School Climate & Safety

Gore Claims Expulsions Prove Weapons Policies Working

By Jessica Portner — June 25, 1997 3 min read
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More than 6,000 U.S. students were expelled for bringing a weapon to school last year, according to new federal figures that Vice President Al Gore released at a conference here last week.

The preliminary count of 6,276 students--most of whom were kicked out for carrying guns--is based on reports from 29 states and the District of Columbia. It is expected to grow as more states report their findings by the July 1 deadline, the first of what will become an annual event.

The federal Gun Free Schools Act of 1994 required every state to pass a law by last year mandating expulsion for students who bring guns to school or risk losing federal aid. Mr. Gore said the statistics show that such zero-tolerance policies are making schools safer.

“These numbers are irrefutable proof that President Clinton’s plan to make our schools safe and drug-free is working,” Mr. Gore declared.

The vice president’s remarks were greeted with applause at the conference of more than 250 drug education and violence-prevention coordinators. They gathered here to swap strategies on what works and what doesn’t work in their fields.

The Department of Education’s Safe and Drug-Free Schools and Communities Program, which hosted the event, has been criticized by Republicans in Congress for subsidizing programs that studies suggest have a dubious effect on fighting crime or thwarting student drug use. Congressional critics have faulted the Clinton administration for sponsoring efforts such as Drug Abuse Resistance Education, or dare, the popular prevention program that enlists police officers to deliver anti-drug-use messages to students but that many researchers claim has a marginal effect on curbing substance abuse.

Attempts to slash the budget for the safe- and drug-free-schools program were foiled last year, but many Education Department officials are bracing for another budget fight this summer.

Rooted in Research

As if to answer the critics, administration officials at the conference repeatedly emphasized in their speeches that federal grants would be directed at programs that are firmly rooted in scientific research.

“Our job now is to ensure that every dollar we spend on these programs is spent effectively,” Secretary of Education Richard W. Riley said in a meeting hall packed with state and local drug- and violence-prevention coordinators. “Let’s keep the good [programs], but let us have the backbone to make changes when changes are necessary,” Mr. Riley said.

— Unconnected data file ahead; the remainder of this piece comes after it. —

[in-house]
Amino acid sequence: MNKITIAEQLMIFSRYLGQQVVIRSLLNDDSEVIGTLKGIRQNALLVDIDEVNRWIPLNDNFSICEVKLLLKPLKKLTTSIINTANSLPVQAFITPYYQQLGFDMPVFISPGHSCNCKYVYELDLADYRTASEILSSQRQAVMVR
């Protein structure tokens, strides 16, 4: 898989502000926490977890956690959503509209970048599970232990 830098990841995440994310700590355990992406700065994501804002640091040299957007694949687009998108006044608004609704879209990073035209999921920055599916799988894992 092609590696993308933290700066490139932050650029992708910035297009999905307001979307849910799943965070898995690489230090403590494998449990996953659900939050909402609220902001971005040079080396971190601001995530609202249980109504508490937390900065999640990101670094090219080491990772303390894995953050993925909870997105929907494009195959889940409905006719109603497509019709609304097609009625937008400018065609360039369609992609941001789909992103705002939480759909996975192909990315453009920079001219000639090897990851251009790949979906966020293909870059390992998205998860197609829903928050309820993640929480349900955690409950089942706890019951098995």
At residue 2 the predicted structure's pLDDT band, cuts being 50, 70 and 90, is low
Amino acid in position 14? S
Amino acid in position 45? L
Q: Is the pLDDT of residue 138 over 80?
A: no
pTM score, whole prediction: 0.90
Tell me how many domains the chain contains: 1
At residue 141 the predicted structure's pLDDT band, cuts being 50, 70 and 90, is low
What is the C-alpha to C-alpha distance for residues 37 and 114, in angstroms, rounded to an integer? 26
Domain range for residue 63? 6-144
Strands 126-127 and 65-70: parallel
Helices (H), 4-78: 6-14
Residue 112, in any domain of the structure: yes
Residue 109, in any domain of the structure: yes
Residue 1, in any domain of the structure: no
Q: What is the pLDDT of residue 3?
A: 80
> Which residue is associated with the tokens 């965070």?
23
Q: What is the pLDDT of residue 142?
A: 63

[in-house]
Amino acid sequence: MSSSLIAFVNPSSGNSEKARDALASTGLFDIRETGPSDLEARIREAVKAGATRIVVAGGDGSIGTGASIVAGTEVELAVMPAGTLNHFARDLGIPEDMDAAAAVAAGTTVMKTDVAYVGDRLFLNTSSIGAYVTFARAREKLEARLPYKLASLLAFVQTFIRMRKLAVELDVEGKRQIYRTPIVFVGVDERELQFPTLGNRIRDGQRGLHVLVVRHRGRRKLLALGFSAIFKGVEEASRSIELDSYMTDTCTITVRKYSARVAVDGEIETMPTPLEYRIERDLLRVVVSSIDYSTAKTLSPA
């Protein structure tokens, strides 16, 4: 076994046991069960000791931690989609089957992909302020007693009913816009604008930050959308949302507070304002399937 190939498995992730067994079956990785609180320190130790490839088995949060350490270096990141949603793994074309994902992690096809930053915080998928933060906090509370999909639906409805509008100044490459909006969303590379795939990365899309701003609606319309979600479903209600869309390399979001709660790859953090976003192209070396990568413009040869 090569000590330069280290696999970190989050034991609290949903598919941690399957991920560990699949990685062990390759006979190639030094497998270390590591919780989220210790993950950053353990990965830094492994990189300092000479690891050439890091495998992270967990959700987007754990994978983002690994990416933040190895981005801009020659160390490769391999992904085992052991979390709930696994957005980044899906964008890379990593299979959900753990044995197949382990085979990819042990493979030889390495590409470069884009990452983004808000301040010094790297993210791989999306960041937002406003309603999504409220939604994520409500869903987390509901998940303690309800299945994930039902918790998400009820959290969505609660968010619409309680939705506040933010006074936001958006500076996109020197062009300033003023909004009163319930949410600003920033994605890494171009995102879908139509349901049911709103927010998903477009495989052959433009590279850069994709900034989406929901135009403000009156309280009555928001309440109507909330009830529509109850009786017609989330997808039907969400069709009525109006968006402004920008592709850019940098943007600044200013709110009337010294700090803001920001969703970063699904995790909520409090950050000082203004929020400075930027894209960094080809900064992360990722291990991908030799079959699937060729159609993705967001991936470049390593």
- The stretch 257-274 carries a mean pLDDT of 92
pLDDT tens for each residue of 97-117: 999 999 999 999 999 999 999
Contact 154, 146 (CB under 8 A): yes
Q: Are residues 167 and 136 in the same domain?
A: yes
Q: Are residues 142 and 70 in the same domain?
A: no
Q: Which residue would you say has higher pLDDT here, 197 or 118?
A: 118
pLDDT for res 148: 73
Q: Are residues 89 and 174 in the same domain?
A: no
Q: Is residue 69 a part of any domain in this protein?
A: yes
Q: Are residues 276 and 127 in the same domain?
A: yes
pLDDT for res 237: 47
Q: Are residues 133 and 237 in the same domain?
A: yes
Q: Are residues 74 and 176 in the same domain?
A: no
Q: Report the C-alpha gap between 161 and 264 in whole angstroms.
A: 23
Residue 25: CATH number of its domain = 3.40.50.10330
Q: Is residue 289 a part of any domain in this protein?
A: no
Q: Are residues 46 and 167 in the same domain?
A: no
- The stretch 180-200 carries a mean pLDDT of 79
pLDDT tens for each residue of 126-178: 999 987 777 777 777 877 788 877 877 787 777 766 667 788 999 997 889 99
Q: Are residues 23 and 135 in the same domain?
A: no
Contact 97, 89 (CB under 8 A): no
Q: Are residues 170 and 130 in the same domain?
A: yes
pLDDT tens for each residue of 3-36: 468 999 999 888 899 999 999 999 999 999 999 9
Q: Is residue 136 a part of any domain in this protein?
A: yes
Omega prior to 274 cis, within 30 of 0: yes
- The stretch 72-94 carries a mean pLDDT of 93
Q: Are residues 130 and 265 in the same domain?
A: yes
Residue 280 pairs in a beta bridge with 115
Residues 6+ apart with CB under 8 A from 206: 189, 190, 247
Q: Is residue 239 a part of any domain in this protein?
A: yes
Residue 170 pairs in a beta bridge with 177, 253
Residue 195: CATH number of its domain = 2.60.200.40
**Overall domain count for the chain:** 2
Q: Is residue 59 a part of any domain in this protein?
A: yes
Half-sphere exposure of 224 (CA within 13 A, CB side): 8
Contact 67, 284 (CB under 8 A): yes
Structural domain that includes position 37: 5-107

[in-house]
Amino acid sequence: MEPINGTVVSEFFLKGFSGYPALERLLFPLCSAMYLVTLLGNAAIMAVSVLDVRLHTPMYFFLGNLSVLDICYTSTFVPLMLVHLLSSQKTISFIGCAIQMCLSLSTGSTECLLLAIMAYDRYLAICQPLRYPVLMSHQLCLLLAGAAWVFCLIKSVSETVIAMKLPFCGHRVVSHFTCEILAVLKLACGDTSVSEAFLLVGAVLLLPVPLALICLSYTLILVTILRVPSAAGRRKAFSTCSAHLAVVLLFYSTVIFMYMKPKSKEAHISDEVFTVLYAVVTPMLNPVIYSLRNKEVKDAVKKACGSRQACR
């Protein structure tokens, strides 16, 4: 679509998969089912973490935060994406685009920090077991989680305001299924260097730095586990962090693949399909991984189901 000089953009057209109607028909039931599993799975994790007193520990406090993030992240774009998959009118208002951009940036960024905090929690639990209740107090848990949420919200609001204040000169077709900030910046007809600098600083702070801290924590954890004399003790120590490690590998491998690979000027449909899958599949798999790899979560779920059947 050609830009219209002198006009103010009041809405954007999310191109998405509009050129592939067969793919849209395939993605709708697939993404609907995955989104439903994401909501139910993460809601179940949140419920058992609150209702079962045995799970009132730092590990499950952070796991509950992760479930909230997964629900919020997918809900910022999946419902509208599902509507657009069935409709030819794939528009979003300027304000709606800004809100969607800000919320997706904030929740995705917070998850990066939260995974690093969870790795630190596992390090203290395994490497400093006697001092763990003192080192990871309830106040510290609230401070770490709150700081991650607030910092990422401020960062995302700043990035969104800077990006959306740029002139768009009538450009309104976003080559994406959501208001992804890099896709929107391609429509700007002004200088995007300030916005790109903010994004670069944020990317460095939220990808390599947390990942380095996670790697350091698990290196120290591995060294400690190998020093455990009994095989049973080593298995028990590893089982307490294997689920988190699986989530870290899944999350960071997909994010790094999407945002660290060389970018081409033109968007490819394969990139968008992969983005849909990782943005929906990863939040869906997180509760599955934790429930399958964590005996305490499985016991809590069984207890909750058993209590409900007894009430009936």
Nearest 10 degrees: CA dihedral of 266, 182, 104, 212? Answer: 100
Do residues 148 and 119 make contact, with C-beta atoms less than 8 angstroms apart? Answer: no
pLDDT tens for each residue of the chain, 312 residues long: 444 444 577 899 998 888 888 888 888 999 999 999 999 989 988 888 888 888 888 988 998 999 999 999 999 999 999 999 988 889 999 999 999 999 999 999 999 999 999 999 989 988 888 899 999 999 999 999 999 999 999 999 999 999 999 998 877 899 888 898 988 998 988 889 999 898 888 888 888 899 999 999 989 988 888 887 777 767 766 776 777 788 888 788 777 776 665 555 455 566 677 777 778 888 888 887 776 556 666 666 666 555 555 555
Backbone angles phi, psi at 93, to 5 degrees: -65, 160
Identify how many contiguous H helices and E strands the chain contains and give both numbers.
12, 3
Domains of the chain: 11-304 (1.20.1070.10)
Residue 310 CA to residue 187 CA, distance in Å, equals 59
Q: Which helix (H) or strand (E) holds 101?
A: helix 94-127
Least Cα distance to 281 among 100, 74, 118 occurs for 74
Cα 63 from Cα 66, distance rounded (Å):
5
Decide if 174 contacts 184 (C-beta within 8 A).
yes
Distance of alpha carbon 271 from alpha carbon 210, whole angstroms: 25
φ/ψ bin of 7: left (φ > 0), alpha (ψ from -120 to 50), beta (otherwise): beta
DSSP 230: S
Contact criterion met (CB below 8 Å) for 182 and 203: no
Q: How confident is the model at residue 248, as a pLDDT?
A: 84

To give state and local leaders some direction on what strategies are considered most effective, William Modzeleski, the director of the safe- and drug-free-schools program, said his office was planning later this year to produce a guide for schools detailing the elements of research-tested drug education and anti-violence programs.

Mr. Modzeleski said the guide was likely to be similar to a pamphlet that the National Institute on Drug Abuse recently produced on preventing substance abuse by children and adolescents. The federal agency’s guide says that the most effective school-based programs teach students communication skills, are administered consistently, and engage students beginning in the middle school years.

White House Endorsement

While the Education Department’s guide is unlikely to endorse a particular drug education or violence-prevention program, one strategy got a push from the White House last week.

At an elementary school in Washington, first lady Hillary Rodham Clinton released a guidebook designed to help keep neighborhood schools open before and after regular hours. The 50-page Education Department booklet offers practical suggestions to transform schools into “community learning centers” that offer recreation, mentoring, drug-prevention efforts, and safety programs for students.

Federal statistics show that 23 million school-age children have parents who work, and that only 3.4 percent of elementary and middle school students are enrolled in before- or after-school programs. Most juvenile crimes occur between 3 p.m. and 6 p.m., federal figures show.

Although some of the drug education experts attending the conference praised the government’s attention to the issue of prevention, many hope that in their quest to finance only research-tested programs, federal officials won’t ignore promising new ideas.

“We are on the same page with our goals of making a safer environment,” said Robert Washington, who teaches substance-abuse prevention in the District of Columbia schools. But, Mr. Washington said, sometimes it’s hard to see an immediate effect.

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